Hostas, toad lily and periwinkle border stone steps that climb from one patio to another, crossing one of the garden’s ponds.

This spring I have noticed several areas where roots of a blackgum and various maples and tulip poplars have surfaced to cause path stones to wobble. I don’t worry about this for myself. The paths have always been uneven, and strolling the garden a person should be looking down at plants instead of gazing at clouds or looking to identify woodpeckers that are inevitably in nearby trees. Again, if there were more visitors, and happily there are few so that maintenance can slip on occasion, there might be a higher standard for the paths. But, mostly it’s just me, and if a few wobbly stones discourage my wife from being in the garden, well, I’ll somehow make do.

Peacock spike moss and hellebores border the shaded path.

Bluebeard and early summer blooms

The yellow leaves of ‘Worcester Gold’ bluebeard (Caryopteris clandonensis Worcester Gold’, below) fade in summer’s heat, though they remain brightly colored in late June. Despite the inevitable heat of July, the contrast between the foliage and early blue flowers will remain delightful.Improved versions of ‘Worcester Gold’ have been introduced, but I’ve not been overly impressed that ‘Sunshine Blue’ or others are significantly better. The color of the coarse leafed caryopteris ‘Hint of Gold’ holds up better through the summer, it flowers several weeks later, and probably any gardener will be satisfied to have one or more of each. I’ve planted single plants, but have been impressed with mass plantings of green or yellow leafed caryopteris. 

Peruvian lilies (Alstroemeria ‘Tangerine Tango’, above) are best know as fillers in cut flower arrangements, but cold hardy varieties flower for extended periods in full sun. I’ve experienced poor results in part sun and more shade, with no flowers and weak growth, though even in sun its stems are floppy. I was surprised a few years ago that deer pushed through furniture on a slate patio to nibble a few flowering stems that were not treated with a repellent, but otherwise the lilies are sturdy and dependable bloomers.

The variegated blooms of ‘Pistachio’ (Hydrangea macrophylla ‘Pistachio’, above) are unquestionably out of the ordinary in a world of blue flowered mophead hydrangeas. Probably, I’ve located ‘Pistachio’ in a less than ideal exposure, so it grows more slowly and flowers more sparsely than other mopheads.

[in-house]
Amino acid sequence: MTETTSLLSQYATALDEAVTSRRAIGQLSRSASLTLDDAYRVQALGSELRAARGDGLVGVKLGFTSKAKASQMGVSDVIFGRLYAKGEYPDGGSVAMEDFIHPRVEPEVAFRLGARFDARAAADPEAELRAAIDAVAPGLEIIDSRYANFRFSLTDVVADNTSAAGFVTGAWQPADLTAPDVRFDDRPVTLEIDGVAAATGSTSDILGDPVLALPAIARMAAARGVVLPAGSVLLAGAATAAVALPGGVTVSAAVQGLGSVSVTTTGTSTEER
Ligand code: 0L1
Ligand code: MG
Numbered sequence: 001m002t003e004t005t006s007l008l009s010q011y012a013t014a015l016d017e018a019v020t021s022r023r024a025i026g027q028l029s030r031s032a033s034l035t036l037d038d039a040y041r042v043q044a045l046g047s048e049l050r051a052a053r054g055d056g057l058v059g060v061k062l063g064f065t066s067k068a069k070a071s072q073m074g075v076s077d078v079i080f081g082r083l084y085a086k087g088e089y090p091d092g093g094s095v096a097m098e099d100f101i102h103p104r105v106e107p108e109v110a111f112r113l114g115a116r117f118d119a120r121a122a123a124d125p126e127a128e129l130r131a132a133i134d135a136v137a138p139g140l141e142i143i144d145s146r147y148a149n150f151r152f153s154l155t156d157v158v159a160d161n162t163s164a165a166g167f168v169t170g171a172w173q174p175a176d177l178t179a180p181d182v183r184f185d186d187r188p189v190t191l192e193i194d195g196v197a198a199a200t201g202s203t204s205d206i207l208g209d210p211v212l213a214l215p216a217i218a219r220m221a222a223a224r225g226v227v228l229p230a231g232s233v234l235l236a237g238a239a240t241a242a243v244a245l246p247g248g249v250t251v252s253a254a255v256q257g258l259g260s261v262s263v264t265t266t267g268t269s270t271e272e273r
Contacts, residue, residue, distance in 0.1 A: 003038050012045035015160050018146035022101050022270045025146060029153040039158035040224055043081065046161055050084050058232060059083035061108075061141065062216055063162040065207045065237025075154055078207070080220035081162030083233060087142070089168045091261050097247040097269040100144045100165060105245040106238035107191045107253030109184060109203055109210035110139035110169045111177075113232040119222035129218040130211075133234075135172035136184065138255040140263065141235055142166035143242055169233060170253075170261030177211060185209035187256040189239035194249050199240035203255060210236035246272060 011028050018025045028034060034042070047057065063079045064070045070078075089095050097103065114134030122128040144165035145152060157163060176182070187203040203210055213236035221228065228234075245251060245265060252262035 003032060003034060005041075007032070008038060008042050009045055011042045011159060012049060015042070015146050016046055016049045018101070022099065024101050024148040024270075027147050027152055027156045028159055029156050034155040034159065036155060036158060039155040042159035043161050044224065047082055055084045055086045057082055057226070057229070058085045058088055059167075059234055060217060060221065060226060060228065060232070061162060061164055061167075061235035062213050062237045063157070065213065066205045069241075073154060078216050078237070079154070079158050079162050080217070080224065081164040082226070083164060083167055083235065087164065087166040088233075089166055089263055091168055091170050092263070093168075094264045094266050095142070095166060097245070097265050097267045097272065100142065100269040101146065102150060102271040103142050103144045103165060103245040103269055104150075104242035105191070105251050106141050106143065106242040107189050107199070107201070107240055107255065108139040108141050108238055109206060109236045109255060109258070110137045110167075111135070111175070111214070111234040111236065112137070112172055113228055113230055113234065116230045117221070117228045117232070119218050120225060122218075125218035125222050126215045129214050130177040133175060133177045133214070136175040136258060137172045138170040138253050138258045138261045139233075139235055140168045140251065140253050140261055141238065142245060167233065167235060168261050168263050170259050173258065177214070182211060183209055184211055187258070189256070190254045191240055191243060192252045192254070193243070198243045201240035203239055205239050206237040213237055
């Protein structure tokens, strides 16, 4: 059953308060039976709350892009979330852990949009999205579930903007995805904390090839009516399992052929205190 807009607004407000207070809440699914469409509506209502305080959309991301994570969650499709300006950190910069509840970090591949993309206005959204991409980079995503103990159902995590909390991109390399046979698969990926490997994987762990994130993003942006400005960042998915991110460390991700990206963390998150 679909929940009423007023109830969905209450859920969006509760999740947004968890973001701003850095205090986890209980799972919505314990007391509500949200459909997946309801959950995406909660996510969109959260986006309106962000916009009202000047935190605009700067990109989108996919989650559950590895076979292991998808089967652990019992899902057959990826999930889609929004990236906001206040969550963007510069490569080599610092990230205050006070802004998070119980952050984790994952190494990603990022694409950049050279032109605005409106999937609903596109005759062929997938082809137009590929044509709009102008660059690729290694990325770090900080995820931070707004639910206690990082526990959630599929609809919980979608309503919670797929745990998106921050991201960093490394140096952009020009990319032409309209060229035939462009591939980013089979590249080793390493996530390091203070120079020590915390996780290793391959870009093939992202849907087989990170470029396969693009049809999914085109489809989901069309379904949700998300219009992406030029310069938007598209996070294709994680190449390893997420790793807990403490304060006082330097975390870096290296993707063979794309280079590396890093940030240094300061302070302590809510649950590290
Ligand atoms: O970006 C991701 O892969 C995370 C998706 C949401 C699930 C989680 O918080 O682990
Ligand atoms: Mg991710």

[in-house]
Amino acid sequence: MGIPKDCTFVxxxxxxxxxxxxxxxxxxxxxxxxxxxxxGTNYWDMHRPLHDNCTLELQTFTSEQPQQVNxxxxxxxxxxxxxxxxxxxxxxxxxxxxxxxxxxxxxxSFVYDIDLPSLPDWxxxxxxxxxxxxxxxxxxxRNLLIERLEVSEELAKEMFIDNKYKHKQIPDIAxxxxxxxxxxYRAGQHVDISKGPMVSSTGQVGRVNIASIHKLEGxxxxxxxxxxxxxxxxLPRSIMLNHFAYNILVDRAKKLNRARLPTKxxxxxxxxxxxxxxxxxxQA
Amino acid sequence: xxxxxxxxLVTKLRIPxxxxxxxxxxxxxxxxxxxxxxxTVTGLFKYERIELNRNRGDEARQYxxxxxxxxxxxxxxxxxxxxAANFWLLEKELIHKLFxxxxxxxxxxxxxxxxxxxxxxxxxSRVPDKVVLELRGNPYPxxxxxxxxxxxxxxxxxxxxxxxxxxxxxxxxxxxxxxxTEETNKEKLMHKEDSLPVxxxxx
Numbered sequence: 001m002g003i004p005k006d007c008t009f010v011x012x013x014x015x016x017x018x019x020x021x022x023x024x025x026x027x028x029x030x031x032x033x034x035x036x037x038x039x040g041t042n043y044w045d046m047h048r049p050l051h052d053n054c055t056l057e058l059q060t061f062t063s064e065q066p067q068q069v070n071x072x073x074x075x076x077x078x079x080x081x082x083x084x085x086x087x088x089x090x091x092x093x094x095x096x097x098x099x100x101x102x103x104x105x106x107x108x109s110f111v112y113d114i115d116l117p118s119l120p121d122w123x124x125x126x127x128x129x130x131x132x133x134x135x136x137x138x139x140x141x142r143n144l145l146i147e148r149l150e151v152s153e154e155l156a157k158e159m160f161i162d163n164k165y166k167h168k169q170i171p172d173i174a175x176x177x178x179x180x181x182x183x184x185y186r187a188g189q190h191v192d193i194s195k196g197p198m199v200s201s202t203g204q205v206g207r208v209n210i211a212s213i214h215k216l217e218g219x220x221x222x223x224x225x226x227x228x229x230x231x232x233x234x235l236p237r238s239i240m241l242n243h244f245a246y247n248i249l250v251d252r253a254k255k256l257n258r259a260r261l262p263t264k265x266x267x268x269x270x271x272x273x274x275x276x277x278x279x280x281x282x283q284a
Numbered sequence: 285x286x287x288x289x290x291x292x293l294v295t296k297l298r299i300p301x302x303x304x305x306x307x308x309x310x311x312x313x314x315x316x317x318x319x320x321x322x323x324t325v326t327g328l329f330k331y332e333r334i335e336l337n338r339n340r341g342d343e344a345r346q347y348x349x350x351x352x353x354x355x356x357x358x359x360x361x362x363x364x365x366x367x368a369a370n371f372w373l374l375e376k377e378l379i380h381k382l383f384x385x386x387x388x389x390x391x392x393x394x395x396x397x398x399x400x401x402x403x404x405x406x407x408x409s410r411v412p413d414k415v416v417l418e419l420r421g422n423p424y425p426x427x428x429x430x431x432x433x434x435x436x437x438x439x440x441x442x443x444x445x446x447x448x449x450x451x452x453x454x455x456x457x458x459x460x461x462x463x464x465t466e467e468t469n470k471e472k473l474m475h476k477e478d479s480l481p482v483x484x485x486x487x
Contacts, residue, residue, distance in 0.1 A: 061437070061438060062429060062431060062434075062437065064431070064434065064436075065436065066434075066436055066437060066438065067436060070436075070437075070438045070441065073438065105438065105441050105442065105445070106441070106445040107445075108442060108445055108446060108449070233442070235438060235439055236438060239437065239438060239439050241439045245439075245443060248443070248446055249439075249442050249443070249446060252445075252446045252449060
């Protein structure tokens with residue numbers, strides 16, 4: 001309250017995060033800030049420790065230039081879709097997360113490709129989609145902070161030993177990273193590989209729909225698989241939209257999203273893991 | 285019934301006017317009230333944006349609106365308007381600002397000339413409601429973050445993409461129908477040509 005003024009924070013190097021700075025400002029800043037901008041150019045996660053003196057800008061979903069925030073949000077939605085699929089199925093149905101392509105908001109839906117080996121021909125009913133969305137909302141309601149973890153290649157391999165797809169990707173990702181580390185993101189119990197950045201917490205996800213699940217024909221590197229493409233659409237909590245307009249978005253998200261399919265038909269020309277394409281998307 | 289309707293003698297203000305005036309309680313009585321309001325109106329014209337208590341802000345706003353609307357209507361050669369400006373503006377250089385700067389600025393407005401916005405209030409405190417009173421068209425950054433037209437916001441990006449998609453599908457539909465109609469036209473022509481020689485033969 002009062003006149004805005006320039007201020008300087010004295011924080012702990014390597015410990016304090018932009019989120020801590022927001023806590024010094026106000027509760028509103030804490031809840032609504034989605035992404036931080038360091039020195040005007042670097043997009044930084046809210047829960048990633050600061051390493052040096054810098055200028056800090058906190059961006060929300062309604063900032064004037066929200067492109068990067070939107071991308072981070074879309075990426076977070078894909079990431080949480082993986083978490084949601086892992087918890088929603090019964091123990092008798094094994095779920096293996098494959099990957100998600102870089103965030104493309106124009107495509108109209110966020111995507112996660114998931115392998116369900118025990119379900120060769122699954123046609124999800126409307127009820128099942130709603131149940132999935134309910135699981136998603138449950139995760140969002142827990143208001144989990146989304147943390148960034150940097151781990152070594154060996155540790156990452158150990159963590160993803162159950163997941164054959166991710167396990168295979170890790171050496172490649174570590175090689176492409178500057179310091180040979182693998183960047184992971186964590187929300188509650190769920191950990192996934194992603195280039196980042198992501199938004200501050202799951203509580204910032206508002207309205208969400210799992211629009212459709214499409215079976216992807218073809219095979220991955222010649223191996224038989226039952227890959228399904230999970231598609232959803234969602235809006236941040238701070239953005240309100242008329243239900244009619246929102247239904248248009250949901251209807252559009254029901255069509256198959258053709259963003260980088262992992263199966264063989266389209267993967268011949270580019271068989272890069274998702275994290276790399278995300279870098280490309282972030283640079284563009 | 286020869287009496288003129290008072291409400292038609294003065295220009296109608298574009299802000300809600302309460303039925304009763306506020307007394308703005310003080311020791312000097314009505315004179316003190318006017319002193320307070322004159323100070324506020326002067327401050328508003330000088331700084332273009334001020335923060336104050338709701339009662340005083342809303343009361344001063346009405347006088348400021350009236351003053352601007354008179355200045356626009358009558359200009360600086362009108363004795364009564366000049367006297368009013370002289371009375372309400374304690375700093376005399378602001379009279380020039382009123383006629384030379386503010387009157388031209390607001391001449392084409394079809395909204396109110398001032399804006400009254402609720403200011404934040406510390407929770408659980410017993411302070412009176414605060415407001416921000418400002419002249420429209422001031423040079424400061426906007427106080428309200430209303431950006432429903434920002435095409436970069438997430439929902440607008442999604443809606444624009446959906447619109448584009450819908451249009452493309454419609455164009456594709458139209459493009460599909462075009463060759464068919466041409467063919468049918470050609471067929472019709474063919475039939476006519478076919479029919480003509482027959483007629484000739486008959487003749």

As with too many plants in this garden, I do not recall the variety of this splendid pink deciduous azalea. It flowers several weeks after other azaleas have faded, and is more fragrant than yellow, orange, and red azaleas that bloom earlier. The tall clump of azaleas has grown together so that one shrub is indistinguishable from the other, but this does not adversely effect flowering.

A white flowered coneflower (Echinacea) has grown vigorously since it was moved from beneath a taller shrub into a sunnier spot. Before, it was a bit disappointing, but the problem was where I planted it, not the plant. Certainly, this happens frequently, with one plant or another taking the blame rather than the gardener who planted it. Unfortunately, I’ve forgotten the cultivar, which is not unusual for me. Another white, ‘Coconut Lime’ (below) is planted beneath a low branched shrub beside the koi pond, and miraculously it survives and flowers dependably. But, this is a different and more typical coneflower bloom. Maybe ‘White Swan’, though that doesn’t ring a bell. I really should keep better records.

There are handfuls of daylilies (Hemerocallis ‘Pardon Me’, above) in the garden, all very standard varieties, and not ones that I take great pride in collecting. All are long blooming types, which was the intention for fillers at the edges of planting areas. I am occasionally tempted to plant ones with tall flowering stalks, but the mood passes quickly.

The tall growing Swamp milkweed (Asclepias incarnata, above) attracts more bees than butterflies, though the abundant local population of swallowtails are frequent visitors. A year ago, aphids covered seedpods that followed flowering, and though I suspected the milkweeds would survive the invasion, I was uncertain. I won’t be surprised when aphids arrive this year, or when beetles follow to feed on them. Certainly, this is evidence that natives are no more or less susceptible to injury from pests than non-natives. Bugs must eat.

Trees in the early summer garden

In recent weeks, the stone path beneath the Japanese stewartia (Stewartia pseudocamellia, below) has been littered with white flowers. The tree is situated between evergreens and a wide spreading Japanese maple so that the top third is in full sun, while the lower portions are shaded. The effect is that the sunny parts begin to flower ten days earlier than parts in shade, with flowering extending through much of June.